I introduced you to Michal Schwartz in Part 1, and her work clearly supports some strong points we’ve been making on our visionhelp blog for quite some time to counteract medical dogma. One of the major points is that the eye and brain are inseparable in terms of function and, in part, this stems from the fact that the retina does a considerable amount of pre-processing of information prior to sharing visual information with visual processing streams throughout the rest of the brain. It is really high time for critics of vision therapy saying that “you’re overstepping your bounds because these are brain problems you’re dealing with, not eye problems” to let it go, and appreciate the eye as an intimate part of the central nervous system and the outermost part of the brain.
Repeat after me: The eye is part of the brain … the eye is part of the brain … the eye is part of the brain. There now, doesn’t that feel better? It’s really quite simple. The eye is a necessary but not sufficient part of the visual process.
Professor Schwartz makes this point forcefully and beautifully in her new book, Neuroimmunity on p.113, where she demonstrates that the retina is a continuous part of the brain. This leads her to the following conclusion: “Although anatomists consider the eye as an extension of the brain, modern medicine in the West has dealt with the organ as if it were a separate entity.”
Professor Schwartz’s revolutionary focus has been on glaucoma, and showing how damage to the optic nerve and neurosensory retina is really a secondary degeneration due to a self-perpetuating cascade, or domino effect of free radicals and unbalanced neurotransmitters resulting in toxicity common to all neurodegenerative conditions of the central nervous system. Although this has shifted the paradigm in glaucoma, it has yet to be appreciated for its impact on other aspects of the visual system, the most obvious being in cases concussion and trauma associated with mTBI. Professor Schwartz’s focus on repair has been the development of a vaccine approach not in the conventional way we think of childhood vaccines, but to promote a balanced immune response that stops the domino effect and reduces further death of neurons.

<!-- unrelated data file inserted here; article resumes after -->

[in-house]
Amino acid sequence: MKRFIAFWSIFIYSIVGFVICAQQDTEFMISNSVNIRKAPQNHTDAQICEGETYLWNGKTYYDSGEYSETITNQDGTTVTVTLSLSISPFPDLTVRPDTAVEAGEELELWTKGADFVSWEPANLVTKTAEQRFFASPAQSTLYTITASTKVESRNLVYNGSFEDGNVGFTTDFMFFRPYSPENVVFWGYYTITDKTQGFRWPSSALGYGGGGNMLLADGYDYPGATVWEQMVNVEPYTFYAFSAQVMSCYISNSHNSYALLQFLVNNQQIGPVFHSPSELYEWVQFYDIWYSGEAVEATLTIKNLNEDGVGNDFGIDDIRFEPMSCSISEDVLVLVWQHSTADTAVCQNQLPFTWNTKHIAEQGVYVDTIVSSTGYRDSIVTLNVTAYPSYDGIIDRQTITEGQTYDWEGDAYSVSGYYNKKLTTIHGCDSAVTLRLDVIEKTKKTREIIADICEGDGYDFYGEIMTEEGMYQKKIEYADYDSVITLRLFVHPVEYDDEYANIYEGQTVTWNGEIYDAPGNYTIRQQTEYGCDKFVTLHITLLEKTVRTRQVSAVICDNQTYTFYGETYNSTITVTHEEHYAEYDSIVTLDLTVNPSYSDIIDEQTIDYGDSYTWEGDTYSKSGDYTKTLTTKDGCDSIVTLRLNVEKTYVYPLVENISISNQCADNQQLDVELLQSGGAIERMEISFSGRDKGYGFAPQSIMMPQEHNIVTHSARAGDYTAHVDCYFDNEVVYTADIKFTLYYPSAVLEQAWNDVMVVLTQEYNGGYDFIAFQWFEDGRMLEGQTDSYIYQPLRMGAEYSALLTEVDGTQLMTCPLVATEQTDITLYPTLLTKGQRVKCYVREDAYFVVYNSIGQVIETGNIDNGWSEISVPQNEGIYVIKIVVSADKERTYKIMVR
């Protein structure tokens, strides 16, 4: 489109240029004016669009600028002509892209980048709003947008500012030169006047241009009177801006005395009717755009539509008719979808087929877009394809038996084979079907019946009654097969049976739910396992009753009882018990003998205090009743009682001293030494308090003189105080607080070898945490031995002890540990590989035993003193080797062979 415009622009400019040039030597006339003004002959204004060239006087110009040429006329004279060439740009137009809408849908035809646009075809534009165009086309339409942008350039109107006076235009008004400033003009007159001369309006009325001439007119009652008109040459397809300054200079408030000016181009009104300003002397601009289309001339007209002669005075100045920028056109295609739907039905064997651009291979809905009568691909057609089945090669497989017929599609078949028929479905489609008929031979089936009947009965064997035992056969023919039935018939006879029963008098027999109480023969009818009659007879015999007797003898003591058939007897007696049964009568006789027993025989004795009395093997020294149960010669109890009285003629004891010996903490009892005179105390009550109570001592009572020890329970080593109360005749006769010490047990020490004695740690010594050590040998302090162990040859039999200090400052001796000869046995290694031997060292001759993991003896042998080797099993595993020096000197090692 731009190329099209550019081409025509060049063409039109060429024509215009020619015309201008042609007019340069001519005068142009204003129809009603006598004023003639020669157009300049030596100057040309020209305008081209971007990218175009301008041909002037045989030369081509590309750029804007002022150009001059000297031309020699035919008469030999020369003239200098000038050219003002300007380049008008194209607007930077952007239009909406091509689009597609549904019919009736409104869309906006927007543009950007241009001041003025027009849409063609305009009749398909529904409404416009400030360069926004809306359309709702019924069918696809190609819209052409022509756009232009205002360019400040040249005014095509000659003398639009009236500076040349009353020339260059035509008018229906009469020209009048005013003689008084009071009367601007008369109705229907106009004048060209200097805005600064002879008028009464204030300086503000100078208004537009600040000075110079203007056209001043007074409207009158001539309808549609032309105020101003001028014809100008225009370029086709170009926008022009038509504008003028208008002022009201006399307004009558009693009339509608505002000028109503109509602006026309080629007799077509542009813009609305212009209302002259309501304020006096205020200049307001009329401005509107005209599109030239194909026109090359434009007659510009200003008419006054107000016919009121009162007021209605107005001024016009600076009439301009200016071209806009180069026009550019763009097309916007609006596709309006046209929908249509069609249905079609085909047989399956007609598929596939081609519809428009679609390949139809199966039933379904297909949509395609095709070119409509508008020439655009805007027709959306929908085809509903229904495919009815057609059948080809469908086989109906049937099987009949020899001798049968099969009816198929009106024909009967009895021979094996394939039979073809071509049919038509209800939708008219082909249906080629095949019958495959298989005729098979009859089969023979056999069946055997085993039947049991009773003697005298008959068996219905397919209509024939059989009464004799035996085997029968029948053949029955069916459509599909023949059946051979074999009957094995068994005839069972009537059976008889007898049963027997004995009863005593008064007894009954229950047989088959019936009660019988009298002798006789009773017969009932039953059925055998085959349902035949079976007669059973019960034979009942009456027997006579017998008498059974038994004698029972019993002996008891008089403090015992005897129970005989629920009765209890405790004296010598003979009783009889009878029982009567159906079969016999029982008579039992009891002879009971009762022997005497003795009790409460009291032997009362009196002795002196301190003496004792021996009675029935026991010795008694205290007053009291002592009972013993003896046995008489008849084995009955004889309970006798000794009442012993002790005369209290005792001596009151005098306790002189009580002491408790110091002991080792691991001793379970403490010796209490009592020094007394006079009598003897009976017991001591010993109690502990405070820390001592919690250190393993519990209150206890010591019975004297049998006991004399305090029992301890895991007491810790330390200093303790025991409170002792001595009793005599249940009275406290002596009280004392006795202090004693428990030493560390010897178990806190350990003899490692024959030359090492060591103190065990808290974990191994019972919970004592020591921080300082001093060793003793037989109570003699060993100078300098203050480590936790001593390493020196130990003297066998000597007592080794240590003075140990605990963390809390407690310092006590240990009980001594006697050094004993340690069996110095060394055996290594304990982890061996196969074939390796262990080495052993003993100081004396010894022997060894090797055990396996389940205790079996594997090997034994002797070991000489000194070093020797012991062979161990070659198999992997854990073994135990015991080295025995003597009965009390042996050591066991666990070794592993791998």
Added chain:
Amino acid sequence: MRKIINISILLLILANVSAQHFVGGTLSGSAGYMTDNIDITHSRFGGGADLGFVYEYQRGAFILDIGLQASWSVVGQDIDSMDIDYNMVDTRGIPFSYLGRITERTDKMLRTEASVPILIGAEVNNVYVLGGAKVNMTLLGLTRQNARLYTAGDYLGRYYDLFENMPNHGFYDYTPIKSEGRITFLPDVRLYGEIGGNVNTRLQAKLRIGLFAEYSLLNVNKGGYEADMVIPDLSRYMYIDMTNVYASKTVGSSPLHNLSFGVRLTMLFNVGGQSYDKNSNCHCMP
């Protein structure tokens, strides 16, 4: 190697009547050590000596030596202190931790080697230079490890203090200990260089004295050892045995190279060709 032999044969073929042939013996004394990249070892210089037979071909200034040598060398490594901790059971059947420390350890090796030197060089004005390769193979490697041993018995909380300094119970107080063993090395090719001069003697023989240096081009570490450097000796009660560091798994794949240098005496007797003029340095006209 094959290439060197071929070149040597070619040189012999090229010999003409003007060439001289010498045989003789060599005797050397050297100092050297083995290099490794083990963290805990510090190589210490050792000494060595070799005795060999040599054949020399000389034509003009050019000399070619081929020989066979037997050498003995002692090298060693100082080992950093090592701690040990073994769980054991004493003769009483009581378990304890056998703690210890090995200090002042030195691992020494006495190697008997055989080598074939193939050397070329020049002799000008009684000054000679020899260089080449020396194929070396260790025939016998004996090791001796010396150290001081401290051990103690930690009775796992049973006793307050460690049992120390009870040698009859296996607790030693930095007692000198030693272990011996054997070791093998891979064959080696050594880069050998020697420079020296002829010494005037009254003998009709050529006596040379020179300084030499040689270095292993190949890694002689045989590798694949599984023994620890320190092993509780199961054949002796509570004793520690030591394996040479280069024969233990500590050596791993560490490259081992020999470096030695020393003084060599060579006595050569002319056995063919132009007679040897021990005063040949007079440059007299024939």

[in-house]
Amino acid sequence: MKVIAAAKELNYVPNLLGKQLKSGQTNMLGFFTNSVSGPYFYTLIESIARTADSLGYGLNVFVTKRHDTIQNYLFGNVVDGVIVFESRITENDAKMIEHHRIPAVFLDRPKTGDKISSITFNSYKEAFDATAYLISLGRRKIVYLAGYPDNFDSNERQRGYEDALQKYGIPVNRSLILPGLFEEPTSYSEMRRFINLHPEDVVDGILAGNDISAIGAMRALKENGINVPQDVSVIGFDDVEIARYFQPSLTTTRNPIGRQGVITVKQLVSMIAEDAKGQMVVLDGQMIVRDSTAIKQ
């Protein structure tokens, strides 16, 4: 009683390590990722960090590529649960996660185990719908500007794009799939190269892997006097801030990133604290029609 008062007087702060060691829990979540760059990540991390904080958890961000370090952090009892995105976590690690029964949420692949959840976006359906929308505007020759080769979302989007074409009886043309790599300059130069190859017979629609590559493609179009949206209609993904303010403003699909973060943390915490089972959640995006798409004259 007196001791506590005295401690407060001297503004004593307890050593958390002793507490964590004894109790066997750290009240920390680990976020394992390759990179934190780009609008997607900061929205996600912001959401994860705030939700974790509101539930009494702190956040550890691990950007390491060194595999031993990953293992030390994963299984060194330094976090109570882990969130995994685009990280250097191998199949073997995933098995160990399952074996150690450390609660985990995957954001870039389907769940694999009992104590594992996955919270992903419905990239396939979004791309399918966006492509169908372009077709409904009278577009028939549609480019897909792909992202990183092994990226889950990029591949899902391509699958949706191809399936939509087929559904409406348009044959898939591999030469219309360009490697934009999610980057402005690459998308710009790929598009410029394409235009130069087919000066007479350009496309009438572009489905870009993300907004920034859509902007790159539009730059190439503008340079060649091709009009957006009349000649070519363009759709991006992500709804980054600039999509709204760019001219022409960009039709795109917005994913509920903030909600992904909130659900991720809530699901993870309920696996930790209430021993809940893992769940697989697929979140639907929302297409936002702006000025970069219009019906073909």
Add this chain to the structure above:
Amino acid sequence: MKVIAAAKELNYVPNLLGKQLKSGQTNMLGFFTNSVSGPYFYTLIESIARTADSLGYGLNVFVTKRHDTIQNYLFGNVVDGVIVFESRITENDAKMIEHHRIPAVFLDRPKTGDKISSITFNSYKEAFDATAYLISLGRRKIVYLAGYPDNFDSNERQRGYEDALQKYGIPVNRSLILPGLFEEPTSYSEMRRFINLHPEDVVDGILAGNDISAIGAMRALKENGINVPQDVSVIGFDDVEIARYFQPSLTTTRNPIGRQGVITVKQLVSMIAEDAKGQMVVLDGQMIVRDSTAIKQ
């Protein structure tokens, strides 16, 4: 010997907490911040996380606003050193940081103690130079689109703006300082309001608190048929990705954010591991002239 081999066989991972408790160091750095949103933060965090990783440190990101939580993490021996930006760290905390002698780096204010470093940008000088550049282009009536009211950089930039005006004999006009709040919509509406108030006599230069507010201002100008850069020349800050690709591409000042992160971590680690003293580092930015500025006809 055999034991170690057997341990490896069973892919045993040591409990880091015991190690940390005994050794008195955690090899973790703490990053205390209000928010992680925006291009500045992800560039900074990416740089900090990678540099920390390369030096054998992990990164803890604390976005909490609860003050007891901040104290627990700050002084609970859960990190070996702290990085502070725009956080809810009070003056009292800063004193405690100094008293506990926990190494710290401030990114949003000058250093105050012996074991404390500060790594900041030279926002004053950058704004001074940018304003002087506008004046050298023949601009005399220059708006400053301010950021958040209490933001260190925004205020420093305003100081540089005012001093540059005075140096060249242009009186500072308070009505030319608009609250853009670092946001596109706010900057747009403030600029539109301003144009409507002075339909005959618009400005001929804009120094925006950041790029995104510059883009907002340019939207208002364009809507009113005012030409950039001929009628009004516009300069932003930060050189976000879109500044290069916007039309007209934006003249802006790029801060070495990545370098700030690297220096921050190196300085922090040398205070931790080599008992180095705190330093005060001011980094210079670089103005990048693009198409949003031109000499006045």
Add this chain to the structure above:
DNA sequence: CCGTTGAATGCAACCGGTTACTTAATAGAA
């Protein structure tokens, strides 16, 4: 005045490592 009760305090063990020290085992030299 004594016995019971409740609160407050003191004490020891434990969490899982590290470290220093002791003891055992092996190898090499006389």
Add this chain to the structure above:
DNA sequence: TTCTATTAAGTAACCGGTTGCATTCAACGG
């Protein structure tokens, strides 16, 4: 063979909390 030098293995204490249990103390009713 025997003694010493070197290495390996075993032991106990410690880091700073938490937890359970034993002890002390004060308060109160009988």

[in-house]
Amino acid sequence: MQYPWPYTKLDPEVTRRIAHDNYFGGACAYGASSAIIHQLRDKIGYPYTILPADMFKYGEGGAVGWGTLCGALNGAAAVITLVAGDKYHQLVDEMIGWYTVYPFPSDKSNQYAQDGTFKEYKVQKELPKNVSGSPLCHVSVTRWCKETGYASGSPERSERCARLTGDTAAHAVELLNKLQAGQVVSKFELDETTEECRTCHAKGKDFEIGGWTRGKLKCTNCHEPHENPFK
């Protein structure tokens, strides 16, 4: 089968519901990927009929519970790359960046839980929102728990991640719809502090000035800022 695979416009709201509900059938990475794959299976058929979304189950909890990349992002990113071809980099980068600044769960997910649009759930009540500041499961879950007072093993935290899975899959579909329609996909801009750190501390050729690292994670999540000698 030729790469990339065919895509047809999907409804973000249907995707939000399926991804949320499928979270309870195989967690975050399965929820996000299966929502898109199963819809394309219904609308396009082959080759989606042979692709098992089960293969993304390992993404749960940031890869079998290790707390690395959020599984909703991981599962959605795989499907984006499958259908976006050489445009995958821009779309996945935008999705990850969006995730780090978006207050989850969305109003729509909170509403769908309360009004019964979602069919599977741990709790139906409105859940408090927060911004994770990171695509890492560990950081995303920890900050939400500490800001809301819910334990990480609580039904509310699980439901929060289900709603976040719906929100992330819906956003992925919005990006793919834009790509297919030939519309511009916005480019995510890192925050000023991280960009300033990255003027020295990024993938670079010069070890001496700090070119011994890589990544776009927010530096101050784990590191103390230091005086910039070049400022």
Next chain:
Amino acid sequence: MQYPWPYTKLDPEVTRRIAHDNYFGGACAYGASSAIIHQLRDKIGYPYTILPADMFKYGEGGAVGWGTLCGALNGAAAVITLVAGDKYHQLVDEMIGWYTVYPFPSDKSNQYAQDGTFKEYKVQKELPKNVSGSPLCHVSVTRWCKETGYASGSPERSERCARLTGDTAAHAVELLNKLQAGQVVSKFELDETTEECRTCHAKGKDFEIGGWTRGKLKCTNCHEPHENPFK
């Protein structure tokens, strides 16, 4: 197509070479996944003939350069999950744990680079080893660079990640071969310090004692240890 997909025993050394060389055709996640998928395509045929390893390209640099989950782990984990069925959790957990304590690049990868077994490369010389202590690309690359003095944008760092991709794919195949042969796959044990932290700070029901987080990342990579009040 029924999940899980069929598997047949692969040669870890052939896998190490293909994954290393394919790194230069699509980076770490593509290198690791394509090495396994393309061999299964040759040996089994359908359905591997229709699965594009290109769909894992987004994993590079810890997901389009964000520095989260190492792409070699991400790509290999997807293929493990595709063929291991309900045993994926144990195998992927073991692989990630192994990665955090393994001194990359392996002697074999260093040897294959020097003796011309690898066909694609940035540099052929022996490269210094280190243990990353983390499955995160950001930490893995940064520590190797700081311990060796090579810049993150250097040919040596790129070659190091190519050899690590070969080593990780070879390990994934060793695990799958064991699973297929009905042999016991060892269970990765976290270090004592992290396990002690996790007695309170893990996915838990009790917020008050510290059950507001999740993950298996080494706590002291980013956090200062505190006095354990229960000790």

Clearly there are other ways to boost the immune system and brain function, not the least of which is immune-boosting foods. Neuroimmunity and its influence on the CNS, brain, eye and visual system has its roots in the field of pyschoneuroimmunology. Steve Cool lectured at a COVD meeting on the subject about 20 years ago, and prior to that Elliot Forrest made some of these linkages in his COVD lecture about Canon and Selye, and in his book on visual stress. Most recently, Merrill Bowan has alluded to this in terms of the role of dopamine neurotransmitter balance in response to lenses, prisms, and vision therapy.